Welcome to the eG Forums, a service of the eGullet Society for Culinary Arts & Letters. The Society is a 501(c)3 not-for-profit organization dedicated to the advancement of the culinary arts. These advertising-free forums are provided free of charge through donations from Society members. Anyone may read the forums, but to post you must create an account.
230 posts in this topic
One of my local supermarkets recently installed a sesame seed pressing facility and is now producing sesame oil and sesame paste. Their equipment toasts and extracts the oil and the residue is turned into the paste. Of course, I bought some of each.
I have only used the oil so far. It tastes and smells more intensely than any I have bought before. The aroma also seems to last longer in a dish.
These are the white seed versions. They also do black seed oil and paste which I haven't bought yet.
Neither has any brand label - only a bar code on the back so that the check-out staff can deal with it.
I am sorely tempted to try this recipe from Carolyn Philips for celtuce with sesame oil, paste and seeds. I'll let you know how I get on with this or any other recipe. Suggestions welcome, as always.
I make this a lot. Traditionally served with dosa, but great with all kinds of Indian food, even just scooped up with bread or pappads for a snack. Although it's slightly different every time, depending on the tomatoes and chillies used, plus the strength of the tamarind, it's easy, quick to make and always delicious.
In a blender - half a medium red onion chopped, 7 dried red chillies broken up a bit, 2 ripe tomatoes chopped, 1 tsp of sea salt, 3 tsp tamarind paste.
Whizz until purée like about 2 minutes.
In a sauté pan over medium heat add 60 ml sesame oil (gingelly), when it's hot but not smoking add 1 tsp black mustard seeds.
Quickly cover the pan to prevent escape and sizzle for a minute.
Add 1 tsp of urad dal (black lentils, skinned and split they are light grey).
Fry until golden, another minute or so.
Throw in about 20 curry leaves. These splatter so cover the pan again.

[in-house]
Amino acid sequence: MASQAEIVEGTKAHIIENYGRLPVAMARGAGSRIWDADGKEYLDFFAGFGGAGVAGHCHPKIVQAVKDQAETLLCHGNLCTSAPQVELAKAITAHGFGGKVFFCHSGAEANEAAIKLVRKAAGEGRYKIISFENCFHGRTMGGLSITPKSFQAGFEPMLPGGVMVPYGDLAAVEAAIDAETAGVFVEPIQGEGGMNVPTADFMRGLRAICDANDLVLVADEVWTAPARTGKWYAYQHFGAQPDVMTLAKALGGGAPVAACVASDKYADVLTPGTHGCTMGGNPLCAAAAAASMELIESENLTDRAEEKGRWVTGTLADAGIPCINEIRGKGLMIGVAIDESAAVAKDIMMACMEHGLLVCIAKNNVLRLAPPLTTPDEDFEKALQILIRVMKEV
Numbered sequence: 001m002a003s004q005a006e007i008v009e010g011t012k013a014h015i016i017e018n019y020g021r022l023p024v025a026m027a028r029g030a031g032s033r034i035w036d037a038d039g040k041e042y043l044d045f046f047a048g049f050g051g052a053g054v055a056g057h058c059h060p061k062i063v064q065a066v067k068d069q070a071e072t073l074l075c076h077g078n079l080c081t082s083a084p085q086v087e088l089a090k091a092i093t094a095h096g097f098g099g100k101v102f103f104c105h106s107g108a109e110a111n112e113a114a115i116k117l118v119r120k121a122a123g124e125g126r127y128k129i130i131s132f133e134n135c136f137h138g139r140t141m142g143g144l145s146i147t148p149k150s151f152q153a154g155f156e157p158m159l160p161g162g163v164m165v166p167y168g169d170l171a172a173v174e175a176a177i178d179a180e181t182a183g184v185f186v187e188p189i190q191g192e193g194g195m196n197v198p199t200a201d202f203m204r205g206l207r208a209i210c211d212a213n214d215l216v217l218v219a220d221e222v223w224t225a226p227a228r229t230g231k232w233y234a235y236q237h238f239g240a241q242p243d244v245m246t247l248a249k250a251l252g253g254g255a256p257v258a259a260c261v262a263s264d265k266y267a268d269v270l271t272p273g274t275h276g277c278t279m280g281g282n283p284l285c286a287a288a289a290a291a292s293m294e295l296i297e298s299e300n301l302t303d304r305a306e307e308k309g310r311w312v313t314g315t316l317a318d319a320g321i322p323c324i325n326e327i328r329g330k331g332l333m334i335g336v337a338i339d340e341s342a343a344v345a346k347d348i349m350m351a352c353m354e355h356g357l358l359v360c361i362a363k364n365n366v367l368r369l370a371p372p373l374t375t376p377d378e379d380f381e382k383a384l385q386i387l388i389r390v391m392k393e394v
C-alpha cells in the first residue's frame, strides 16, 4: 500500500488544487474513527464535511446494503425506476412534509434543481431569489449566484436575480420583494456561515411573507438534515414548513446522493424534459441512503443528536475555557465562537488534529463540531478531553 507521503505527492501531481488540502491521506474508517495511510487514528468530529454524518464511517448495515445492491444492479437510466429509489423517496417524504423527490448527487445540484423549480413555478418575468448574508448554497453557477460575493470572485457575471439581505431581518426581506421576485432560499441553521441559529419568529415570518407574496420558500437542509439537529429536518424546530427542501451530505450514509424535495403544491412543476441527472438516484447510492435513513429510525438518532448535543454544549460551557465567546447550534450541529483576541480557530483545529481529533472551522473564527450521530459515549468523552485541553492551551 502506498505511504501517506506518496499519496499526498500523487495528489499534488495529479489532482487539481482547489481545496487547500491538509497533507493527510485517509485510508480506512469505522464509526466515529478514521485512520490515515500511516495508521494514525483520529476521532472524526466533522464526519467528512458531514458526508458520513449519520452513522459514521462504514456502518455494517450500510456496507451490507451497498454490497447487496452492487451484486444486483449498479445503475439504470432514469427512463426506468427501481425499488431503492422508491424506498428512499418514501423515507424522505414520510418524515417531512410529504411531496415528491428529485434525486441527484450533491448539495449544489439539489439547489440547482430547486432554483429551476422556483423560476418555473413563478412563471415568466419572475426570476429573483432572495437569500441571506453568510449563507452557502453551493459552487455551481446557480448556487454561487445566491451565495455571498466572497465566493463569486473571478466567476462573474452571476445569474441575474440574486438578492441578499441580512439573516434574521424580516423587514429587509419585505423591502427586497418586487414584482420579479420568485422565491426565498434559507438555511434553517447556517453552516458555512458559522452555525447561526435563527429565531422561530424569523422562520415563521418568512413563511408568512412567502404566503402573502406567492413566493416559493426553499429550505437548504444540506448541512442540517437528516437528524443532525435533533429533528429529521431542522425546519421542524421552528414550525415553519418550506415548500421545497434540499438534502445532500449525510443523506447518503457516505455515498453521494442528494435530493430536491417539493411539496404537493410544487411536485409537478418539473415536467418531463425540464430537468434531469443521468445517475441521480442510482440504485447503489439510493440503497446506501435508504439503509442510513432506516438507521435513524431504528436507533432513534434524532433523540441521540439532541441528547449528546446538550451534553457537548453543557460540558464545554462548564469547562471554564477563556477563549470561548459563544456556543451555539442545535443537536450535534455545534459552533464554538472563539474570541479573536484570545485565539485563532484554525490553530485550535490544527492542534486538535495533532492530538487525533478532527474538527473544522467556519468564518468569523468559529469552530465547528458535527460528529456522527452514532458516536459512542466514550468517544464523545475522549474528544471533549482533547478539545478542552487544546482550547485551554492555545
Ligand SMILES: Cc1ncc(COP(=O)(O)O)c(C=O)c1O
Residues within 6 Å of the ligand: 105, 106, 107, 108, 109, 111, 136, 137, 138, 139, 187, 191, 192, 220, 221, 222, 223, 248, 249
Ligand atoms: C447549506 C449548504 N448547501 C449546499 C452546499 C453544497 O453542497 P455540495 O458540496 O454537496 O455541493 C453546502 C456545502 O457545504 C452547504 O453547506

Lower the heat and add the blender contents.
Simmer, stirring frequently for about 10 minutes, until you get a runny jam consistency.
Ta da !
Pennstation's Honey Mustard taste so good, but they don't sell it in stores like Big Boy Frisch's sells their tartar sauce.
I am assuming they buy it in bulk from a certain name brand. Does anyone know what that brand is or at least a similar Honey Mustard recipe?
Pannukakku has become a new favorite in the McAuley household. (LCBO Food & Wine, winter season 2016). We've been using Maple Syrup...made with DH's help in a local sugar shack...but the recipe actually calls for birch syrup.
Does anyone know where to buy it in Ontario? Any grocery stores carry it? Specialty stores? Toronto? What about in the Cambridge/Kitchener/Waterloo area?
Salsa Para Enchiladas
3 ancho chiles
2 New Mexico chiles
2 chipotle chiles
1 clove garlic, sliced
2 TB flour
2 TB vegetable oil
1 tsp vinegar
¾ tsp salt
¼ tsp dried oregano
2 cups broth, stock, or (filtered) chili soaking liquid
Rinse, stem and seed chiles. Place in saucepan and cover with water. Bring to boil. Cover and remove from heat and let soften and cool. While the chiles are cooling, gently sauté garlic slices in oil until they are soft and golden brown. Remove the garlic from the oil, with a slotted spoon and reserve. Make a light roux by adding the flour to the oil and sautéing briefly. Drain the chilies and puree them with the garlic slices and half of the liquid. Strain the puree back into the saucepan. Pour the remainder of the liquid through the sieve to loosen any remaining chili pulp. Add the roux to the saucepan and whisk to blend. Add the rest of the ingredients to the pan, bring to a boil then and simmer 15-20 minutes. Taste and add additional salt and vinegar if necessary.
Recently Browsing 0 members
No registered users viewing this page.